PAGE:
I am often asked for recommendations of places in Milan, both as photographic subjects and settings. Many of the inquirers are looking for the must-see places – those that are in the tourist guides and every visitor deems mandatory. That bucket list of landmarks are the Duomo, Galleria Vittorio Emanuele + the luxury fashion streets nearby (via Montenapoleone and via Della Spiga), the Sforza Castle and Arco della Pace. And indeed, they are spectacular and also within a limited perimeter, so one can cover them within a day. But unless you have a specific idea in mind or a lot of time to find it, these pictures will look just like everyone else’s.
Is that wrong? Of course not. I firmly believe that photographing landmarks that everyone else has checked off is not just a rite for tourists but also an act of communion for all of us. By photographing them, we stand in the same place and look to experience the same connection that so many others have done as well. We are not looking for originality or photographic recognition but belonging and sharing. Photographing in general is relating to one’s subject matter, so it’s totally legitimate to do what everyone else has already done.
However, if you have checked those off your list and want to experience some less-known places, here is what I recommend.
Just as Venice is all about canals, Bologna is known as the city of porticoes, walking around Milan is passing by entryways inviting explorations. Most residential buildings, historic or early 20th century, are built around an internal courtyard accessible through an elaborate, richly decorated or simple and plain ingressi. While they are not usually open to the public, you might be lucky to also peek in or walk through them. Photographing from the outside is always permitted, while entering them depends on the special arrangements you might have with a resident or the doorman. If you do so, however, you will get to know a glimpse of the real Milan that is usually not known to outsiders. The most lavish ingressi are, for example, Palazzo Luraschi at Corso Buenos Aires 1 or the corner of via Statuto and via Lovanio, but I find the more humble ones more interesting. Just walk the streets and look for them.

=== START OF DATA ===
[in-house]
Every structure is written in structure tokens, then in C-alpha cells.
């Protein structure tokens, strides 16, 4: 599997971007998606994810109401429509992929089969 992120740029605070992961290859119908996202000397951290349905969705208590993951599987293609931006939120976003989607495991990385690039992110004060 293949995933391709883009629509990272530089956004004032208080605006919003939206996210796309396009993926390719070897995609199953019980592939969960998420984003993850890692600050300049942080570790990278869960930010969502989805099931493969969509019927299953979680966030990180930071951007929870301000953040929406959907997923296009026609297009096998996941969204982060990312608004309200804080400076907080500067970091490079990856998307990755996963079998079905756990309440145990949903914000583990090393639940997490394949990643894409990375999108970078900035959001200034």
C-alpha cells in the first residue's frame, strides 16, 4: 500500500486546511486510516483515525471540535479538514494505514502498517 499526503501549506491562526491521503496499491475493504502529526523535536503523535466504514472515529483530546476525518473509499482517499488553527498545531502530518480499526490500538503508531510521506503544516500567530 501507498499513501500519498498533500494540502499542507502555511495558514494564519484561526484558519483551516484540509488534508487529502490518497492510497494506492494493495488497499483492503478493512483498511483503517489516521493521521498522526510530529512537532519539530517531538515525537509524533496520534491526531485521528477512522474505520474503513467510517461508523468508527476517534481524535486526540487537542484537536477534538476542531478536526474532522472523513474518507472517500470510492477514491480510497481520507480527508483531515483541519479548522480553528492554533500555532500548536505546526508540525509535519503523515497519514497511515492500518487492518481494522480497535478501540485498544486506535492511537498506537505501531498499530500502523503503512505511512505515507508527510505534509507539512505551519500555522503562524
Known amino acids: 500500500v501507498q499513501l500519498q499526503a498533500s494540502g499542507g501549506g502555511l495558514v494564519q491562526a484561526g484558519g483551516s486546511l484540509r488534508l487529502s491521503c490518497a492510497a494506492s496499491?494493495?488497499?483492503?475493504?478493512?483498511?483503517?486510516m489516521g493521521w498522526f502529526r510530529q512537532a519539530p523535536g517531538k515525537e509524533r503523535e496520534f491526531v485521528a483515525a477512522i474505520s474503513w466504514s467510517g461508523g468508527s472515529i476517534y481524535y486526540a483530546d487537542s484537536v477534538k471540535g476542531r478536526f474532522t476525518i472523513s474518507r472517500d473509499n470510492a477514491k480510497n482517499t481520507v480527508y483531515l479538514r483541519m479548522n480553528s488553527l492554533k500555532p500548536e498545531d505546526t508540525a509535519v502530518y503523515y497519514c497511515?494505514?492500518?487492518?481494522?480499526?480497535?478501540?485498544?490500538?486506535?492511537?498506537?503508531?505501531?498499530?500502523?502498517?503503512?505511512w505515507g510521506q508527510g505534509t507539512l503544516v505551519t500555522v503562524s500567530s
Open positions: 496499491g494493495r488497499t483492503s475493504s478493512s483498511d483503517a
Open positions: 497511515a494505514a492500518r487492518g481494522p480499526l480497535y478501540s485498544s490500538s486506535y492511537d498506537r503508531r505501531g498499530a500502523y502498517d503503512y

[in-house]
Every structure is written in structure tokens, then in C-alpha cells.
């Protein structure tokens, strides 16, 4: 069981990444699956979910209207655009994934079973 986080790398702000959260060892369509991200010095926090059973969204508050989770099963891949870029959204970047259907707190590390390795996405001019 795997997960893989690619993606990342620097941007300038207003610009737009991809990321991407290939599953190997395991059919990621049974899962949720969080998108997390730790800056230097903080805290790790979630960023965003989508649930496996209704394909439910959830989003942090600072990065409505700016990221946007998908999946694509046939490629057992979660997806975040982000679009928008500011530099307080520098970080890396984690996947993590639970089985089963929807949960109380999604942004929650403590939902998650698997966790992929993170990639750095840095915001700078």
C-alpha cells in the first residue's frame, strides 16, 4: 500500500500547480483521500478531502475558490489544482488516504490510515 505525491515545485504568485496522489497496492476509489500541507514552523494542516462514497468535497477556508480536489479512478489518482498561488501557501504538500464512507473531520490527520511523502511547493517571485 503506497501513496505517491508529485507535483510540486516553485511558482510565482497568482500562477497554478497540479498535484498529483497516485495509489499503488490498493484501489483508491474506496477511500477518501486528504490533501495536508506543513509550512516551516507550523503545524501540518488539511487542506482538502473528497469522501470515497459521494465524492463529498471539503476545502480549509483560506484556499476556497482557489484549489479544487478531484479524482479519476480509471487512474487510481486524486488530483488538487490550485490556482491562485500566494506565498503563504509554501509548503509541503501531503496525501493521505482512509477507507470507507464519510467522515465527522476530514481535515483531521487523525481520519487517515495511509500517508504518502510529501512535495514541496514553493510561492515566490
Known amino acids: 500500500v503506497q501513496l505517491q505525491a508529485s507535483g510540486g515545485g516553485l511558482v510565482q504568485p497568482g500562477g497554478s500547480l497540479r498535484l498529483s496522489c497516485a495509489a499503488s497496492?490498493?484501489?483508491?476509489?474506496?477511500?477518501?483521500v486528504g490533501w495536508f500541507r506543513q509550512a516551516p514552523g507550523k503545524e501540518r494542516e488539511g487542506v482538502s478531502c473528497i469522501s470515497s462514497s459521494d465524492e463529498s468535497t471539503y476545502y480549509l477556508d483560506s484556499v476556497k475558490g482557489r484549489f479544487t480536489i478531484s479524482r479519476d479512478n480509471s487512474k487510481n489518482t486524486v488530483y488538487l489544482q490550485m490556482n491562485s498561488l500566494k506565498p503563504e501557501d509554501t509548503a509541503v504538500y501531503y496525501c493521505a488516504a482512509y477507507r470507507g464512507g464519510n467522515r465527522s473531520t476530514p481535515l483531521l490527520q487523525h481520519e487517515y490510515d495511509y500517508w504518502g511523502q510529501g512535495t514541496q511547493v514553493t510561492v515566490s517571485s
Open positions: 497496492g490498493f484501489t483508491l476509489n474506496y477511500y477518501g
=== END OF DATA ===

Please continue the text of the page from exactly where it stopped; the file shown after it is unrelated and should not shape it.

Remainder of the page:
Colonne di San Lorenzo
There are so many areas in the city that are excellent spaces for people-watching (and photographing). What makes the difference is the stage created by the elements of the local environment. Especially fascinating are Galleria Vittorio Emanuele for the fashionable (and tourist) crowd as well as the fashion district, but a more unusual one I recommend is a space that is a great walk-through for the human river as well as an iconic (but little known) monument. The Columns of San Lorenzo, a colonnade remnant of an Ancient Roman temple surrounding the plaza in front of the San Lorenzo church. Highly recommended as a place of rest for your feet, pointing your camera and just enjoying an unexpected atmosphere in the middle of the hustle and bustle of the city.
The murals of Ortica
Ortica is a storied working class neighborhood in Milan with a strong community tradition. Due to the irony of the naming gods, even its name (meaning “nettles”) has a connotation of a place of abandonment in Italian: to give something to the nettles means to throw it away (so it becomes overgrown with weeds). It had been considered a scruffy periphery suburb and because of its logistic disconnect from the city, it has been able to keep its distinct atmosphere and tight-knit spirit for much longer than the rest of the little towns that became integral part of the growing metropolis.